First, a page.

Aid group reports major increase in Afghanistan child malnourishment
Health care workers in the Afghan cities of Khost and Herat recorded major increases of severe acute malnutrition among children — 30-fold and 2-fold respectively — between November and December of 2021, according to the International Rescue Committee (IRC).
State of play: Most foreign aid to Afghanistan has stopped flowing since the Taliban took power in August, sanctions are further hampering the economy, and the U.S. has frozen around $8 billion in Afghan Central Bank assets. That's led to a major cash shortage that comes with winter setting in and food prices rising, the IRC reports.
- The World Food Program reports that 98% of the population does not have enough to eat, and more than half the population is facing extreme levels of hunger.
- The UN projects that Afghanistan could face near-universal poverty by mid-2022.
Driving the news: The UN on Tuesday launched its largest-ever funding appeal for a single country, seeking $4.4 billion for humanitarian relief inside Afghanistan and another $623 million to help refugees in neighboring countries.
- The U.S. has already announced another $308 million for humanitarian assistance, but continues to face pressure to lift the freeze on Afghan Central Bank assets.
What they're saying: "The people of Afghanistan are being pushed towards the brink of disaster, and for some already beyond the brink, by a misguided policy mix that is punishing the Afghan people for political differences between the international community and the Afghan government," IRC President David Miliband said in a statement.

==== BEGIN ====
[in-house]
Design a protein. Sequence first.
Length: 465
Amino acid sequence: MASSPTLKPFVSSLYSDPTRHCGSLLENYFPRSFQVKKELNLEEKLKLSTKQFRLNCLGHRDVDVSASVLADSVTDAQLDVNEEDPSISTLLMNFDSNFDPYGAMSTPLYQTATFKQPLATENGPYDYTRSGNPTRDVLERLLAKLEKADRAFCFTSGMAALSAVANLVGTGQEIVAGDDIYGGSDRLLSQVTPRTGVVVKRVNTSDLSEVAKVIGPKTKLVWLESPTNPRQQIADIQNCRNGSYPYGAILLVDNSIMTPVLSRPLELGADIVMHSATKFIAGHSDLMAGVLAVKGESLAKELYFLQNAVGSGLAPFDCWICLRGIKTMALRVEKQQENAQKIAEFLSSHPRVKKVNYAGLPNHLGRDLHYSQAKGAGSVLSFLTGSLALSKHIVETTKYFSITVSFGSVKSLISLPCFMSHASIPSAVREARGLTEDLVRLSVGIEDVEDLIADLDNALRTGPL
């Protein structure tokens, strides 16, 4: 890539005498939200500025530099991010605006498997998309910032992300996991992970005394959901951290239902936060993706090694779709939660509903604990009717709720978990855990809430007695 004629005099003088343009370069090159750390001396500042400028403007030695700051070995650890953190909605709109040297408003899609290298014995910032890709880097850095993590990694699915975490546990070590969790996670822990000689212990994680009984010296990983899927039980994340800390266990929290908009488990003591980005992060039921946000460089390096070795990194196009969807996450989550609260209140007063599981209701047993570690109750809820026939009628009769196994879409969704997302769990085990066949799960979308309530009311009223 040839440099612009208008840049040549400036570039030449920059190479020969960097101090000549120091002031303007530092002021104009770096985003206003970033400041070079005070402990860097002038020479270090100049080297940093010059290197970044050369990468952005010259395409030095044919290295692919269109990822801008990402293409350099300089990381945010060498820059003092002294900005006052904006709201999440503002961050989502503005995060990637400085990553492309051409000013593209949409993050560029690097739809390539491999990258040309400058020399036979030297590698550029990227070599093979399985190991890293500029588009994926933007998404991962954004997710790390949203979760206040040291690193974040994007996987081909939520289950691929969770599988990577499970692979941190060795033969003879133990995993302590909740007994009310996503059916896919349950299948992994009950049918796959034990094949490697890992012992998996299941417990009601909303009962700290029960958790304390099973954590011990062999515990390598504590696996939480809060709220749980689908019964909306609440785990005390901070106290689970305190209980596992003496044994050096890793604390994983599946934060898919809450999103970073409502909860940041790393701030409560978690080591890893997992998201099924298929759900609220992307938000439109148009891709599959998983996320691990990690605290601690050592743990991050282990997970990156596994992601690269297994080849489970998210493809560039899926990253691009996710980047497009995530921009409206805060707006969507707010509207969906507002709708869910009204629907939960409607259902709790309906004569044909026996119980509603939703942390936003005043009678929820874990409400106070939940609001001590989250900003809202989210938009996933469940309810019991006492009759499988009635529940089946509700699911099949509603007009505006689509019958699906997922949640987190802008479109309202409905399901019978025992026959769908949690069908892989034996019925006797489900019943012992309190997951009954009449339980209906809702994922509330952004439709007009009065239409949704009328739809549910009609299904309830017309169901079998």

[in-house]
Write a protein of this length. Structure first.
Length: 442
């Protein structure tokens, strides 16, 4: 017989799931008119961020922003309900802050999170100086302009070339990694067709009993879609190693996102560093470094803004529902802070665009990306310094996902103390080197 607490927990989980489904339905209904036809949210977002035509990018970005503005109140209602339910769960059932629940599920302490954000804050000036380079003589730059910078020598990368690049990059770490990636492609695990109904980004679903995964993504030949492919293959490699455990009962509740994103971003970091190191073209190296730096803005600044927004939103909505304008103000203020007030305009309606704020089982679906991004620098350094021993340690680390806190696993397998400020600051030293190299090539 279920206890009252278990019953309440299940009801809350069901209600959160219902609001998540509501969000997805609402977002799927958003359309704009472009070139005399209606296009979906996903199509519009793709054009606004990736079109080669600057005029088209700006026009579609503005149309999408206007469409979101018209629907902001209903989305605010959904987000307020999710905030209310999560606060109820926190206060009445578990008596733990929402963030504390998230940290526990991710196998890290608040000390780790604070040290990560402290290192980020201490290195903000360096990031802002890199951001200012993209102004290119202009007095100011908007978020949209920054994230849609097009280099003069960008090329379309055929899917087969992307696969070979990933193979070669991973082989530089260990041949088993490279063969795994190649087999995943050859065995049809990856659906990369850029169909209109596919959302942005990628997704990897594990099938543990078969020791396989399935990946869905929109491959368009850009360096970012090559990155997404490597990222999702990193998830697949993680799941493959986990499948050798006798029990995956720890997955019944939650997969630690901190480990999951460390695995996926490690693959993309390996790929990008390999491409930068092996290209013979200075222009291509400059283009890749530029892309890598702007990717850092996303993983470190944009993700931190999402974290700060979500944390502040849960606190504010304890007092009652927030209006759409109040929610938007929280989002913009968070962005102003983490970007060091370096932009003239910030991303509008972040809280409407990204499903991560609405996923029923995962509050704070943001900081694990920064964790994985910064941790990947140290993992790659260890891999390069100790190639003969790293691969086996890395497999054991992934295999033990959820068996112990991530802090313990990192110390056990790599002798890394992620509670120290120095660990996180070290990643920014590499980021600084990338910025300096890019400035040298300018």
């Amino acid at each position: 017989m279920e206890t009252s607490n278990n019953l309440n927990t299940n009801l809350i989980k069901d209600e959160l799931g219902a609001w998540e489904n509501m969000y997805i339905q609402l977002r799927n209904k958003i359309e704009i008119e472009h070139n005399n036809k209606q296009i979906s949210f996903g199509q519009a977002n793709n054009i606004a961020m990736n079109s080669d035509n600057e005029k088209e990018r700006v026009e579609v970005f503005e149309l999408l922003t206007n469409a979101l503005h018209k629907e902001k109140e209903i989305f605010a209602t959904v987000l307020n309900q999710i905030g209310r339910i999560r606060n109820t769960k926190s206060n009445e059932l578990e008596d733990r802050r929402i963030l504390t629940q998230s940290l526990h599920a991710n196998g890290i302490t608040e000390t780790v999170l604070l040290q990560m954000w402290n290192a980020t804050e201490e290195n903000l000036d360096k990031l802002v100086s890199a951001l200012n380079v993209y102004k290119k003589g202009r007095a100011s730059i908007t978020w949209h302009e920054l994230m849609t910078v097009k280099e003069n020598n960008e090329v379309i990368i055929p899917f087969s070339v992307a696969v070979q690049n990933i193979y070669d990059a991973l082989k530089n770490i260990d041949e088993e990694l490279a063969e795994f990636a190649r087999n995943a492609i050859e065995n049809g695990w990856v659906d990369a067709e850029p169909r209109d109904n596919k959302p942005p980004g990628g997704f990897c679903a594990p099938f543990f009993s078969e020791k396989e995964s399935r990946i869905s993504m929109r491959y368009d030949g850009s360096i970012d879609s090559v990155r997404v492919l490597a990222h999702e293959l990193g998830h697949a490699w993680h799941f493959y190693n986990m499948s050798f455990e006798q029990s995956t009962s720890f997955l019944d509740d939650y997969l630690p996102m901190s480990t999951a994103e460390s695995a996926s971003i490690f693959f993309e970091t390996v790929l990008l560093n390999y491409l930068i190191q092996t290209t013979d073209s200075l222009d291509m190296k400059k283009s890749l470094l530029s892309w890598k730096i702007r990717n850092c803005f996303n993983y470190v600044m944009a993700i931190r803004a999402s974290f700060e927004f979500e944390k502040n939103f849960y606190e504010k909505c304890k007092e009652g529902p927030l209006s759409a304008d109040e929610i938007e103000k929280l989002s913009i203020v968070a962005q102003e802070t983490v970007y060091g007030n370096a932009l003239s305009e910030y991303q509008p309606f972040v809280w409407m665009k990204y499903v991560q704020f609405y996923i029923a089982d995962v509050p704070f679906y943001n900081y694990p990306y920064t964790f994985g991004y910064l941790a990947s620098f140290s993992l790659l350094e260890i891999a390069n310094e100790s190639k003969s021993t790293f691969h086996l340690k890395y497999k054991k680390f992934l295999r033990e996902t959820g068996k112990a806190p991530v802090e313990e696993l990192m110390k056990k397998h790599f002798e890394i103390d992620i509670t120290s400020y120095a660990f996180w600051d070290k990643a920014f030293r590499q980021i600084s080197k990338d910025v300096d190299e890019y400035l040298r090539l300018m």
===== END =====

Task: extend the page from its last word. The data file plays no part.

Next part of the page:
- "Cutting off all development aid and the freezing of Afghan financial assets are hurting civilians; the grim reality is that disease and child malnutrition are rising as health workers go without pay and hospitals go without medicine, while 9 million Afghans are on the brink of famine conditions against the backdrop of massive economic collapse," added Vicki Aken, the IRC's Afghanistan director.
- In announcing the appeal, UN emergency relief coordinator Martin Griffiths said: "This is an absolutely essential stop-gap measure that we are putting in front of the international community today. Without this being funded, there won't be a future, we need this to be done, otherwise there will be outflow, there will be suffering."